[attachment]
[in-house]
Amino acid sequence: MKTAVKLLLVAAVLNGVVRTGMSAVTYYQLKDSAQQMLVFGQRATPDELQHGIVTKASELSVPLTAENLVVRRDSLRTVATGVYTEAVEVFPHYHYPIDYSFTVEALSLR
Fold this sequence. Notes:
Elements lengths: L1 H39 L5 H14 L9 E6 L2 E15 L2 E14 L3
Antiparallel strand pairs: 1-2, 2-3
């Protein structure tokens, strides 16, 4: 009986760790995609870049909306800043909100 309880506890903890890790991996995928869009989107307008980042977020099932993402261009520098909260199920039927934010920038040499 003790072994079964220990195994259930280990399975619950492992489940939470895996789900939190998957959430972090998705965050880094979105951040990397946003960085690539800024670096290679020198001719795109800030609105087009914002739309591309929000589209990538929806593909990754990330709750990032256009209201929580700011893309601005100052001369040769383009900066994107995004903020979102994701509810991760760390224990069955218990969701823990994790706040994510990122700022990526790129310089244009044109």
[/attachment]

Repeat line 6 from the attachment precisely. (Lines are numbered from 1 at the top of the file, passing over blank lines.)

């Protein structure tokens, strides 16, 4: 009986760790995609870049909306800043909100 309880506890903890890790991996995928869009989107307008980042977020099932993402261009520098909260199920039927934010920038040499 003790072994079964220990195994259930280990399975619950492992489940939470895996789900939190998957959430972090998705965050880094979105951040990397946003960085690539800024670096290679020198001719795109800030609105087009914002739309591309929000589209990538929806593909990754990330709750990032256009209201929580700011893309601005100052001369040769383009900066994107995004903020979102994701509810991760760390224990069955218990969701823990994790706040994510990122700022990526790129310089244009044109």